God – by Andrés Moya

This post is also available in: Spanish

You ask yourself questions that may be considered metaphysical and you add a reflection: what is the meaning of doing that from the evolutionary perspective?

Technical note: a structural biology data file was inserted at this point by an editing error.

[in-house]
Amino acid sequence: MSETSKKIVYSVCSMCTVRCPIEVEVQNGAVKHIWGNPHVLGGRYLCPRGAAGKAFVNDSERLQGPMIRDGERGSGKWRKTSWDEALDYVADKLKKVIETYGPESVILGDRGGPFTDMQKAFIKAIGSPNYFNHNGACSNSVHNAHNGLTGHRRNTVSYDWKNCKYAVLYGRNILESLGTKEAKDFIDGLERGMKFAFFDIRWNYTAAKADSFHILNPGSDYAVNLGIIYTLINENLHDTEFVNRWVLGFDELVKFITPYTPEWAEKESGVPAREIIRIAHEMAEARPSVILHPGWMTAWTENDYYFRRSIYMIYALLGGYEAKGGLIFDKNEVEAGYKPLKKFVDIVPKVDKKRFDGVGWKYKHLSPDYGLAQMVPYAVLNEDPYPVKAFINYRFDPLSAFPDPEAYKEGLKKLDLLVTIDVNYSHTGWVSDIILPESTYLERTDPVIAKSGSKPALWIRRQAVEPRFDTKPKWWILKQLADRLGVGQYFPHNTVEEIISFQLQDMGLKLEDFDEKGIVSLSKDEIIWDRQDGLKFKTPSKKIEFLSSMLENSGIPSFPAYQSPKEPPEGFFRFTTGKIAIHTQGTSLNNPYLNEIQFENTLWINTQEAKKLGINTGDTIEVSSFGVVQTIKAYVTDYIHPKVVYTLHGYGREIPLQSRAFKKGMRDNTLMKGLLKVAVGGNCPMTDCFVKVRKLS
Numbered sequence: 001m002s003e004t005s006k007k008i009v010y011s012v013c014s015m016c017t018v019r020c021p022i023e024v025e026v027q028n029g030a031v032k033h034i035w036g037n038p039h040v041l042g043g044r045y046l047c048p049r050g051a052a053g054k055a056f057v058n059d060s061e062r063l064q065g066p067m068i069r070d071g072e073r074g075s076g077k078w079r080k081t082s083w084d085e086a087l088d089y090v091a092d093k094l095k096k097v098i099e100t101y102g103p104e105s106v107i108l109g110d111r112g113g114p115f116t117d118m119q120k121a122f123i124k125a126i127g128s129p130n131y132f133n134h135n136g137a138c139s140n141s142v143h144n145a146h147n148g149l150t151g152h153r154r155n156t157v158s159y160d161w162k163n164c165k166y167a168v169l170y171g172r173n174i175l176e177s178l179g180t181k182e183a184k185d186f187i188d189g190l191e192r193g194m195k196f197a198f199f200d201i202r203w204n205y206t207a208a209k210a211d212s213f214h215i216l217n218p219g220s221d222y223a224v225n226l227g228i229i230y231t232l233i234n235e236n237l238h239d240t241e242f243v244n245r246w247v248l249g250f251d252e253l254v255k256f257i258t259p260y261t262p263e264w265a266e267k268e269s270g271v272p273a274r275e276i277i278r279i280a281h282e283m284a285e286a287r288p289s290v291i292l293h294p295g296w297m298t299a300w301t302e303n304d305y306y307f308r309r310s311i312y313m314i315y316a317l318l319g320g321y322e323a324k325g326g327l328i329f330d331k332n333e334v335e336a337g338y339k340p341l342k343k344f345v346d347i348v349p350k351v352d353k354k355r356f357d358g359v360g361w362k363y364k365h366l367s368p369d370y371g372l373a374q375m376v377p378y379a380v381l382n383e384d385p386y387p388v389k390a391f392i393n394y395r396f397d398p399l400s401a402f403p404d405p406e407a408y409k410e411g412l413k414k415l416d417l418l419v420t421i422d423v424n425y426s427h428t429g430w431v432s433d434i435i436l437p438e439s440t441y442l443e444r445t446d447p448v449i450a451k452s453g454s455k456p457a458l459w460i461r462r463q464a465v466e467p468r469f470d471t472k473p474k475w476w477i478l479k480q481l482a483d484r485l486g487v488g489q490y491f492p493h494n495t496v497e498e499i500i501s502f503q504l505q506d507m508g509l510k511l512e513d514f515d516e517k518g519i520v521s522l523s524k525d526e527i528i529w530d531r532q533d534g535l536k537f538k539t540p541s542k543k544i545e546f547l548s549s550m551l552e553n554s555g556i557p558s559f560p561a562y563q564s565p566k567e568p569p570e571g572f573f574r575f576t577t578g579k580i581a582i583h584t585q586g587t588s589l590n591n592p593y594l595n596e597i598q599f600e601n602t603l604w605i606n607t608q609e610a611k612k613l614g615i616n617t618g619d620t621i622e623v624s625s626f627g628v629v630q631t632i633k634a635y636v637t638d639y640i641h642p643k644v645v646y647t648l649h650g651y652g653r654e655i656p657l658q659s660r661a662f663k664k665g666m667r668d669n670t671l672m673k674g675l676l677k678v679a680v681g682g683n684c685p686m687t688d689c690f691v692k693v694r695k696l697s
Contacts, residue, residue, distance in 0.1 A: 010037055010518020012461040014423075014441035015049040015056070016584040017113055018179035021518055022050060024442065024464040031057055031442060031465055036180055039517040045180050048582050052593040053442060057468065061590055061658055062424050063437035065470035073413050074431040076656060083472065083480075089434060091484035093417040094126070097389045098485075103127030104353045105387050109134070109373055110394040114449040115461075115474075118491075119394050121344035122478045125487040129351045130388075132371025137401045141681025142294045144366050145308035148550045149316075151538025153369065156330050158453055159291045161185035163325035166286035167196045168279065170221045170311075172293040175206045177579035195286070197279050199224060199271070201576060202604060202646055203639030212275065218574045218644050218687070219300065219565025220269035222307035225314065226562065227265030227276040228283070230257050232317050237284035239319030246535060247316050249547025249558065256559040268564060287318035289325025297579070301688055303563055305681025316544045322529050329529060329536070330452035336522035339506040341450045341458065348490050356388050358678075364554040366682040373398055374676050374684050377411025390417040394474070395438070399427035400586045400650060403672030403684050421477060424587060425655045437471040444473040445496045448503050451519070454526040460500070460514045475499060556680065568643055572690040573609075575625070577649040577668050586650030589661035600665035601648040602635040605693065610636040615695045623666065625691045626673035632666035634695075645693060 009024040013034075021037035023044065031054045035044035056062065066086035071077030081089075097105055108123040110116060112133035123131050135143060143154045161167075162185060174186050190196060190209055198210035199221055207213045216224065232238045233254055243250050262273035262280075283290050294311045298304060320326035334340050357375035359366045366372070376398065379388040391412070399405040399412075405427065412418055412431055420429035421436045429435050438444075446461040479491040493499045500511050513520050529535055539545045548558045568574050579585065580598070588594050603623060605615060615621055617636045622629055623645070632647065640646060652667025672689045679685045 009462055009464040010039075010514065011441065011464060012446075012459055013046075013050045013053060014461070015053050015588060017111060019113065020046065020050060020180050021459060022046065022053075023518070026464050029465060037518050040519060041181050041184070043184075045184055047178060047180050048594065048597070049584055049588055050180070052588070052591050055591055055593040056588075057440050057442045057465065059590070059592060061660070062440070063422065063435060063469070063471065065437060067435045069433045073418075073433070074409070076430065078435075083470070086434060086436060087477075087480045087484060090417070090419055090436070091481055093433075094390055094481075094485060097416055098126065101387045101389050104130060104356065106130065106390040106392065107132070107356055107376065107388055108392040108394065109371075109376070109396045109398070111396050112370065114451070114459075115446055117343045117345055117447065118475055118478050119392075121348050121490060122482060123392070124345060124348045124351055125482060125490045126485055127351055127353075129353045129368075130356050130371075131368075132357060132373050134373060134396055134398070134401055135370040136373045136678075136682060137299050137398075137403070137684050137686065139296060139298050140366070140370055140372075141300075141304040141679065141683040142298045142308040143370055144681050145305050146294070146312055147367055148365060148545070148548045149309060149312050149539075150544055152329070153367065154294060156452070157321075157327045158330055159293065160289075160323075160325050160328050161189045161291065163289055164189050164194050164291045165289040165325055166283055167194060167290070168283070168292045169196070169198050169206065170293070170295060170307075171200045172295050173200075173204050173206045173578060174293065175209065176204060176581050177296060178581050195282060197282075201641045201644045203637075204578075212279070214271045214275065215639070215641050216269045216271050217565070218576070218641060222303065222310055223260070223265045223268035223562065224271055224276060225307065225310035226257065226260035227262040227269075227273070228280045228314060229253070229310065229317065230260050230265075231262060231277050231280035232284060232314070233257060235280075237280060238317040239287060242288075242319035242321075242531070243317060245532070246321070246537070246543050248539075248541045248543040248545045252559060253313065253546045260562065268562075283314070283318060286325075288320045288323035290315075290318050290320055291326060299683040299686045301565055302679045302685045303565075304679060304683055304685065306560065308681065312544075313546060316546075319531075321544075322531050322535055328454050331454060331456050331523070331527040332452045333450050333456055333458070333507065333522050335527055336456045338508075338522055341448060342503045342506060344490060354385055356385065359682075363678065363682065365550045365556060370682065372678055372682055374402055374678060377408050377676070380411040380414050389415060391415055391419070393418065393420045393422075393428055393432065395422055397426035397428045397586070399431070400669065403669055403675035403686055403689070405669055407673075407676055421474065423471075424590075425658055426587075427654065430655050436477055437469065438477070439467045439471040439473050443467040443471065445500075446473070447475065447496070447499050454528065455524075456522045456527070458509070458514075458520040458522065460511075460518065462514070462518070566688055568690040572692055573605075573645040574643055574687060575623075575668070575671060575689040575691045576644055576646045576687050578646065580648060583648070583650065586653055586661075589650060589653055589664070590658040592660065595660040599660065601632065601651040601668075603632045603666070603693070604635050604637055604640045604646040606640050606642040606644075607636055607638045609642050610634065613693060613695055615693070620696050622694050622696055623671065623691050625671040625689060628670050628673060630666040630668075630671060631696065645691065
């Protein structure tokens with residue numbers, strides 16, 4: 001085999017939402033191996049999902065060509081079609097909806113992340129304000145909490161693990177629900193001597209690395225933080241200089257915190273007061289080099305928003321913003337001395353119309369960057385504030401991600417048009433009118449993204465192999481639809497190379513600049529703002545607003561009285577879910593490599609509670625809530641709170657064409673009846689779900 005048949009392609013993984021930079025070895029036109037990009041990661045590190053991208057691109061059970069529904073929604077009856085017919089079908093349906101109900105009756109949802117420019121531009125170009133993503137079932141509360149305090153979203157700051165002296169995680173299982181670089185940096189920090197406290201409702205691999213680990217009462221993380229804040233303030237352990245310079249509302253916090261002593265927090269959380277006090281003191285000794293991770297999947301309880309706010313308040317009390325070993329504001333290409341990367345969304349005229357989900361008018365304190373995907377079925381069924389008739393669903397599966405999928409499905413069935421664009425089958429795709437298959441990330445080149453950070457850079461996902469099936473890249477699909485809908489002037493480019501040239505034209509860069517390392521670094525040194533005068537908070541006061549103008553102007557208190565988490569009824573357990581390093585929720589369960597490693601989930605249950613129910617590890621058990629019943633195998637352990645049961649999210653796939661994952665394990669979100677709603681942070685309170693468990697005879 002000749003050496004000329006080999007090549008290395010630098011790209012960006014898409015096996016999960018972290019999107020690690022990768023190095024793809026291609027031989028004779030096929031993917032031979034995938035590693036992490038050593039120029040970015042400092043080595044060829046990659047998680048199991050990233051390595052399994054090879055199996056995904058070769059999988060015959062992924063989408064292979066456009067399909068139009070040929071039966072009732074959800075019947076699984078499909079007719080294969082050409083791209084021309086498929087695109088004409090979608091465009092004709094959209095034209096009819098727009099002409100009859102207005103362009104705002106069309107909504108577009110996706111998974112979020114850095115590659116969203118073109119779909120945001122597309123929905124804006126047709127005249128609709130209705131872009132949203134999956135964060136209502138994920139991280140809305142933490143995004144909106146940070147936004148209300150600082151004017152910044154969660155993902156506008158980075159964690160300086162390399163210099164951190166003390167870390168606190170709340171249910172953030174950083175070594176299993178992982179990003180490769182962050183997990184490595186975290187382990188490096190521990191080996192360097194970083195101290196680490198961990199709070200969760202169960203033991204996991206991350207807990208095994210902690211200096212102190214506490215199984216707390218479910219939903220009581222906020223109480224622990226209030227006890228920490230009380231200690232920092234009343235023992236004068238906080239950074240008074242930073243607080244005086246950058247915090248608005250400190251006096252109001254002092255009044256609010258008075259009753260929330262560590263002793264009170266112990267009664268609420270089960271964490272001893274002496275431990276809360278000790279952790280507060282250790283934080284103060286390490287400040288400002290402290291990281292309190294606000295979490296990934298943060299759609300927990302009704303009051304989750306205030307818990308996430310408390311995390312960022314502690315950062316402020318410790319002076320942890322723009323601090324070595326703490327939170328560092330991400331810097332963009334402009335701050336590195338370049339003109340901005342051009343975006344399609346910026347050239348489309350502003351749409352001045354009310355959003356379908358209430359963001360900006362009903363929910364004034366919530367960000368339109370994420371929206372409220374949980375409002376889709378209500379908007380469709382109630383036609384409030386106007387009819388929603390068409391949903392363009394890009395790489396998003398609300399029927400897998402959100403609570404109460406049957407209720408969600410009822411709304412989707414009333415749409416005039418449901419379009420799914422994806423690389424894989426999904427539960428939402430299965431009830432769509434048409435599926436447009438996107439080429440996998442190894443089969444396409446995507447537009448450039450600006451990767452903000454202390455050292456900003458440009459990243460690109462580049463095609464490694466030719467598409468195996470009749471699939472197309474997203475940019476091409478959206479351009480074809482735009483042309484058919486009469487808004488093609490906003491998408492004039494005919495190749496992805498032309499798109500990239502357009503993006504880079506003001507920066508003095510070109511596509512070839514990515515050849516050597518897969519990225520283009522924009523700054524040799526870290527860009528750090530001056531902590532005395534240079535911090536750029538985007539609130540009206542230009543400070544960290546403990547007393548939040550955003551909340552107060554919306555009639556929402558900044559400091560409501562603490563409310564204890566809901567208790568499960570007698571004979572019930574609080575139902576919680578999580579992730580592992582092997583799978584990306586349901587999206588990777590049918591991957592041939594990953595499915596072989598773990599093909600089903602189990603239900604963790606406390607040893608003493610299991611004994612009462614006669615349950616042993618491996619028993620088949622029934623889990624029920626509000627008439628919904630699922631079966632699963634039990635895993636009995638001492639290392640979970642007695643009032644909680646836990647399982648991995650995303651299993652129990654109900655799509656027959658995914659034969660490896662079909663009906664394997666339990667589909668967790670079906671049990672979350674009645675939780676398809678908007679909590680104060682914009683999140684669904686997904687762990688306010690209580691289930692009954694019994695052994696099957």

To what extent is one capable of formulating certain questions and, once the answers have been obtained, reach the conclusion that it may not make a lot of sense, from the existential point of view, to answer that we could just as well not exist? I have commented this in some forums and people have told me this vision contrasts in some way with religion. Many times people say science is not incompatible with religion. In the book I don’t make reference to this, but if you take that train of thought to its last consequences, there is a substitution. The thesis I sustain are rational thesis. With science I’m in a position to explain -not prove- questions such as why religious thought appears or why religion or societies appear. In an evolutionary context. A bit like Richard Dawkins said in his most recent books. Science makes you prone to atheism. You’re capable of progressively answering many questions because you learn more and more laws of Nature, but at the end of the way we still don’t know why we’re here. Science does give me an explanation, that’s the paradox. The thesis that stems from the text is that I can say, more or less, why I’m here, that I’m a contingent product of evolution; that just as we’re here, we could not be, other equally intelligent forms could have evolved. We have the capability to look retrospectively. From Physics, we can explain how something could come out of nothing. And from the point of view of the emergence of life, we have progressively stronger convictions, empirically justified, of how it can have come to be, in certain planets; of how multicellular organisms can have appeared, organisms with a very basic development of language, and so on until we reach this beings, us, who can look back. We know how we’ve been able to reach this stage and we’re in a position to explain more or less complex behaviors of our own species. This is important, because here there’s some disagreement with some versions of sociobiology, which may be rational explanations but don’t have to be definitive or scientifically proven, even though they may be sensible. It’s in this sense that I think there may be a certain antagonism between science and religion. Sociologically it’s interesting to recreate the debate between both instances. From the point of view of sociology, of course, because, as I say in the second text, we can disguise it a little saying science deals with some things and theology with some others. But if we take scientific thought to its last consequences, I think it collides with the thesis from theology, which are the object of faith, while science isn’t. If one stays in the are of scientific thesis, probably one may reach a certain existential melancholy.

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